The churn at the paper is never ending. It is a way station for young, ambitious reporters, who quickly move on, or an endpoint, with buyouts and layoffs and plain resignations, for many careers as the industry struggles and changes. The paper hasn't had a person on the City Hall beat for a little over a year now and seems to be in no rush to hire one.
In the midst of that, it has been particularly nice to read Emily Teel's reporting on food. She spent less time on the entertainment and lifestyle and review elements of restaurant reporting than she might have. Though the restaurant scene here just isn't that big anyway, her approach also seemed more newsy and demotic, and it was welcome.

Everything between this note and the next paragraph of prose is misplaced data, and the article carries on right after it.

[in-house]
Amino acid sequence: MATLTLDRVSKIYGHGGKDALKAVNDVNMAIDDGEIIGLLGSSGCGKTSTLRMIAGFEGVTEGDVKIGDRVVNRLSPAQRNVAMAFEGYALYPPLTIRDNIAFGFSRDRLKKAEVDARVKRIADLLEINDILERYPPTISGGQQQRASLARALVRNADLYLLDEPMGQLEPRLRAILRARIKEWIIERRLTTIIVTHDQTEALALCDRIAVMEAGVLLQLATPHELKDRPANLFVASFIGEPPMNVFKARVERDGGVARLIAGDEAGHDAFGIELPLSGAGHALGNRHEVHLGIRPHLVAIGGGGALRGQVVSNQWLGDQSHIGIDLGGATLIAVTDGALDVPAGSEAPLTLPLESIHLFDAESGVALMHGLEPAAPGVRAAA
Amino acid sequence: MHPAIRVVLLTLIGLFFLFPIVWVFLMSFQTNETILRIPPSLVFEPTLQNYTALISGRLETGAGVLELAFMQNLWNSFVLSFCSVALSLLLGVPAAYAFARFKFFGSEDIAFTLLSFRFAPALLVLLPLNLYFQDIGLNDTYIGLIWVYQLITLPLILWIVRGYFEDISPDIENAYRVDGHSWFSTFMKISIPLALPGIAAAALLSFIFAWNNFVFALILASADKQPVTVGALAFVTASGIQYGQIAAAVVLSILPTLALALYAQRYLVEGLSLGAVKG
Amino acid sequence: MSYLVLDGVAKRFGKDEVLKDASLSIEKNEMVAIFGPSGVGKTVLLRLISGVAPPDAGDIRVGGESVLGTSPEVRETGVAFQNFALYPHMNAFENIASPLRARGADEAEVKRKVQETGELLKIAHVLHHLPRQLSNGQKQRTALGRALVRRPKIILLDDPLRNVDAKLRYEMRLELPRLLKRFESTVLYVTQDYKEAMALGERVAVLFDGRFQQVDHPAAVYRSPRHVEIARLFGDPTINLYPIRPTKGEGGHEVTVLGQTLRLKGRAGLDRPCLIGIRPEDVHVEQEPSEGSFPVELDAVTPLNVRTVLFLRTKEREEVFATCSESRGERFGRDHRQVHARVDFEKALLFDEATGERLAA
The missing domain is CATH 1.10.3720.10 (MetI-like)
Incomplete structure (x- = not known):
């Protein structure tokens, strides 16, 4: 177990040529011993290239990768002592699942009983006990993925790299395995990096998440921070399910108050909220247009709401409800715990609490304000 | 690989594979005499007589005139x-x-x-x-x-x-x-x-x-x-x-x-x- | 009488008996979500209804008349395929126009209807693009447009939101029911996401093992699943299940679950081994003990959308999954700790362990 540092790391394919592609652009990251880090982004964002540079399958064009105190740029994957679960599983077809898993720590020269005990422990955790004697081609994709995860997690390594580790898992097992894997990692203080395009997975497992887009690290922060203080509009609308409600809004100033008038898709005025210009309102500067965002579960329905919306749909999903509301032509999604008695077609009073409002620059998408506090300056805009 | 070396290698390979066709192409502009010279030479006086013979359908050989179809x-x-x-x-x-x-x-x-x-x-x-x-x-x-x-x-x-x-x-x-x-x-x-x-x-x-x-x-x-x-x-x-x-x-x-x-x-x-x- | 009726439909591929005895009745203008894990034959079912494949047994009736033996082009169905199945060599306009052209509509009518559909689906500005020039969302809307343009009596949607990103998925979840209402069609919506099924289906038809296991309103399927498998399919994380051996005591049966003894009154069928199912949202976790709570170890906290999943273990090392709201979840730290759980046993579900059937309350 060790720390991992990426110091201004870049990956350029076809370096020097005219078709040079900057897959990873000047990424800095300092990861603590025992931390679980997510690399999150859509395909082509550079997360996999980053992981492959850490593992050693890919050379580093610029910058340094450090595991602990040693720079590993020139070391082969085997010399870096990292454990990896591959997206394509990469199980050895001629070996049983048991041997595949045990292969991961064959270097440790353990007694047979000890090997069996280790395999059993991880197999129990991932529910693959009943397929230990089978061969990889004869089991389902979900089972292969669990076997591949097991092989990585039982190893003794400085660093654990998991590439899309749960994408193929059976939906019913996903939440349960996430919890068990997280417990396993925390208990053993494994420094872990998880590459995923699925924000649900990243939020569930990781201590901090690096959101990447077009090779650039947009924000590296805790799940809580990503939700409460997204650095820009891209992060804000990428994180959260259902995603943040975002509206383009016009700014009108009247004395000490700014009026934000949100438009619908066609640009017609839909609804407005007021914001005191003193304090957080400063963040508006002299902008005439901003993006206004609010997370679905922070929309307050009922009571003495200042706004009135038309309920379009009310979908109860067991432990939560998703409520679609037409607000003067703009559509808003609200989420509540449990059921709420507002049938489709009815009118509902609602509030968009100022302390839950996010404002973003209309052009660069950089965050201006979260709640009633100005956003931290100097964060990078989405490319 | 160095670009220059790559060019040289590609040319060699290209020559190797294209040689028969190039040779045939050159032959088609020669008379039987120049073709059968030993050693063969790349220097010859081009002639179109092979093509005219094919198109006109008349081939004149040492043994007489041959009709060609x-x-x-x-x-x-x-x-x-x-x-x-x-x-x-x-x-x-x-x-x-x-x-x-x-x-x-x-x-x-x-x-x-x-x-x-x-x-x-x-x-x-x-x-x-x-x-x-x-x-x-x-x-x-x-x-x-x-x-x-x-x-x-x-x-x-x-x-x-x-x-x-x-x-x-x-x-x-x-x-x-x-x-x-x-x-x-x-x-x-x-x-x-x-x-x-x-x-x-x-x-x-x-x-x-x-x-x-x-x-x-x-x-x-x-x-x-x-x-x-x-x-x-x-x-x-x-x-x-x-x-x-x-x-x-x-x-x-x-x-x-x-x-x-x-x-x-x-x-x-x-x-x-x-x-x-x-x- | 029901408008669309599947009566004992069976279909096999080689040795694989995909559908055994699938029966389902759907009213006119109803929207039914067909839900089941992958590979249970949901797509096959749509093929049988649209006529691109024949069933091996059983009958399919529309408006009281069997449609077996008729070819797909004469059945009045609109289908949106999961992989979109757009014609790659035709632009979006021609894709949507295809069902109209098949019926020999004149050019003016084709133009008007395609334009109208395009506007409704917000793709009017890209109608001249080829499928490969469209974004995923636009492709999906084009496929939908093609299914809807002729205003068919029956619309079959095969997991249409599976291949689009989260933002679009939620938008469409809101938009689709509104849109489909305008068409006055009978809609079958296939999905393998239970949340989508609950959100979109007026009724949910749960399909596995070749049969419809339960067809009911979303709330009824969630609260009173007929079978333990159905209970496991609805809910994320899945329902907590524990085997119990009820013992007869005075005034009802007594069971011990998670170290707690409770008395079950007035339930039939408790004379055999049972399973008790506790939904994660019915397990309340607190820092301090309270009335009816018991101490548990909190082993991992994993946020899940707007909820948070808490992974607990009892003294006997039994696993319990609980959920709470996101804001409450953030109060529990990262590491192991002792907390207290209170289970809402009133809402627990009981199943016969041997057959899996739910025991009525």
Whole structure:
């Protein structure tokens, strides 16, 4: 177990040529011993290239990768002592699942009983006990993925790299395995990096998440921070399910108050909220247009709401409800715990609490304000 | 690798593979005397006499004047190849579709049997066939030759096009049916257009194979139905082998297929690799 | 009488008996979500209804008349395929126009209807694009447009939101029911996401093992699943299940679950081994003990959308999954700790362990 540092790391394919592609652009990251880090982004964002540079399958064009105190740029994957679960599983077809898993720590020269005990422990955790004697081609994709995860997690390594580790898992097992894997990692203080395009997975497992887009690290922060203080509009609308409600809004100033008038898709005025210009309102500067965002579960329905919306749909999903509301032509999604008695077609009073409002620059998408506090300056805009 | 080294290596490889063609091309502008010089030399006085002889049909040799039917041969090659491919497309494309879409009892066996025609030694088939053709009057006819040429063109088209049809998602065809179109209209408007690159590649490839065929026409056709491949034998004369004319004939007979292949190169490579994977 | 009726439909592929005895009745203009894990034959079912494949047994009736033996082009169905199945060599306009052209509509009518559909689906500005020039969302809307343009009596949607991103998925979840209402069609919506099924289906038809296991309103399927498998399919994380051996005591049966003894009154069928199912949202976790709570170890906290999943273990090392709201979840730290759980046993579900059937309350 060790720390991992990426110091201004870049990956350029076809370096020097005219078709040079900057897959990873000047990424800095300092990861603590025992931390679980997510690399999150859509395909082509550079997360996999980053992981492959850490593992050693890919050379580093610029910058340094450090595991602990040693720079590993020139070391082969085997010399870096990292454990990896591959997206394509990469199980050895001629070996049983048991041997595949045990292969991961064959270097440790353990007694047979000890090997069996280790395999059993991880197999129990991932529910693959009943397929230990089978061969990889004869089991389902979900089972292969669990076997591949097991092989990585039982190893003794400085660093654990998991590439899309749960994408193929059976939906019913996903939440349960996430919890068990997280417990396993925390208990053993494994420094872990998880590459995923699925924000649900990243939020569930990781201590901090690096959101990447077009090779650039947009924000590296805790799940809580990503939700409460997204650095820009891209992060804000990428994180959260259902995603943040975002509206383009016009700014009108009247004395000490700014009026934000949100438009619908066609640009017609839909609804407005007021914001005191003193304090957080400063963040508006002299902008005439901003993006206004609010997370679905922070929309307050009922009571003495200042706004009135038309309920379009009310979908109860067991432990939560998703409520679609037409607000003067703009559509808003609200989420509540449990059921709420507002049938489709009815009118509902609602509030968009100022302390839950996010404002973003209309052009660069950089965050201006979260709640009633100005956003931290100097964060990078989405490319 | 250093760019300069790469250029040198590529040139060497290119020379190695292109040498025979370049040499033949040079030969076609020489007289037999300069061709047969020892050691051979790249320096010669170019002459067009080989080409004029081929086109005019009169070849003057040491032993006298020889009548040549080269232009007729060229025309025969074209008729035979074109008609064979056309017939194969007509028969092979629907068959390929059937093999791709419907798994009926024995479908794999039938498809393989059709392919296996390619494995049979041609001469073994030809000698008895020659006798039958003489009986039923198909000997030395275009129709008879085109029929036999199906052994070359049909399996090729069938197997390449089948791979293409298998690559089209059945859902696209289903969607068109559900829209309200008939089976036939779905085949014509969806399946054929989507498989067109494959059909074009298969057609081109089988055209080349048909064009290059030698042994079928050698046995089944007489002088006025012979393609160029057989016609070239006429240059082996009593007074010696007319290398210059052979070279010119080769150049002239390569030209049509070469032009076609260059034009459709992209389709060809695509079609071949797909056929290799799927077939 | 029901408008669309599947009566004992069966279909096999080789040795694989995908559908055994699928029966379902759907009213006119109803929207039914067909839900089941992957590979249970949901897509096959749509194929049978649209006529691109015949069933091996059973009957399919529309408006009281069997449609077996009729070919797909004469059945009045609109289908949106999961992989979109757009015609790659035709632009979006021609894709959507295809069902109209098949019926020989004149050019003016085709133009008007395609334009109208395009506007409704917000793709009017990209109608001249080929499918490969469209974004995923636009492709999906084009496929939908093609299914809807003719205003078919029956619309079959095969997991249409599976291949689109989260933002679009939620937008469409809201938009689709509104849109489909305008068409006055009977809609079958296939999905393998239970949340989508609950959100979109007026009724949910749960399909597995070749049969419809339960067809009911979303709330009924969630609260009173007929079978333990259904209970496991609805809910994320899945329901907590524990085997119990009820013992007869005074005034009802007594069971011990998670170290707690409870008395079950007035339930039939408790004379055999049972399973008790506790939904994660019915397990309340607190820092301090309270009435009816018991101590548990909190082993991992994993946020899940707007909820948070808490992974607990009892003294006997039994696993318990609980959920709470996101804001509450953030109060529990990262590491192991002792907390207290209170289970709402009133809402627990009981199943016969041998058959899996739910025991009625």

But she's leaving now.
I'm sorry I don't have more clippings to show the range and how interesting they were.
|September 29th, 1915|
Since we are in the heart of an important agricultural area, there will always be interesting food stories, though they will not always be restaurant stories.
Hopefully the next person on the food and drink beat will seek them out.
|Yesterday on ice storm damage|
and a tree ring cookie
Maybe this transition doesn't mean much to you, but I guarantee we will
all miss it when Capi Lynn and her decades of local knowledge move on.
Yesterday she had a nice piece on the old Oaks at the Oregon Garden and
the impromptu Willamette science project to collect tree ring samples on
A century ago the afternoon paper got a new press. We will miss it also when the print product is discontinued, as it seems it must some day.
|February 26th, 1921|
Even if the parent company deserves criticism and sometimes scorn, the erosion of the paper is nothing to celebrate, and it's worth a subscription.